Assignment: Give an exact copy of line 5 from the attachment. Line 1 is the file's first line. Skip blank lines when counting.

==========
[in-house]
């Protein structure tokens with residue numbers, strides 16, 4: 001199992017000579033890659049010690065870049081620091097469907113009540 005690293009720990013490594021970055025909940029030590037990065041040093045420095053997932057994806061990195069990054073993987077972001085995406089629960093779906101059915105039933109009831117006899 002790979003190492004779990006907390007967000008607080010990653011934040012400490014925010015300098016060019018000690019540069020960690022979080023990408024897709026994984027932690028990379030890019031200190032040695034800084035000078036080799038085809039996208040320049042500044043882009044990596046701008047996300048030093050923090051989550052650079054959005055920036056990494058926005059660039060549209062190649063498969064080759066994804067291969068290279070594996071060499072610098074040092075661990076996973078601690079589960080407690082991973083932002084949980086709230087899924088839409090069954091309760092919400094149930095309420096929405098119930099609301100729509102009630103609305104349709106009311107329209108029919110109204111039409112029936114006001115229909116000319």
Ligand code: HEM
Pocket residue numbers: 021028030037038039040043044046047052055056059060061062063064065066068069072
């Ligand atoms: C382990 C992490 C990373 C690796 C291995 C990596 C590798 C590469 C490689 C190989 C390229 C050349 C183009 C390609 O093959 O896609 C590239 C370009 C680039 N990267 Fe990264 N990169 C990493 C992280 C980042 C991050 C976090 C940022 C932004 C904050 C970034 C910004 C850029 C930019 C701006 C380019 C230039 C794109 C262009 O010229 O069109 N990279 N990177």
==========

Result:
């Ligand atoms: C382990 C992490 C990373 C690796 C291995 C990596 C590798 C590469 C490689 C190989 C390229 C050349 C183009 C390609 O093959 O896609 C590239 C370009 C680039 N990267 Fe990264 N990169 C990493 C992280 C980042 C991050 C976090 C940022 C932004 C904050 C970034 C910004 C850029 C930019 C701006 C380019 C230039 C794109 C262009 O010229 O069109 N990279 N990177």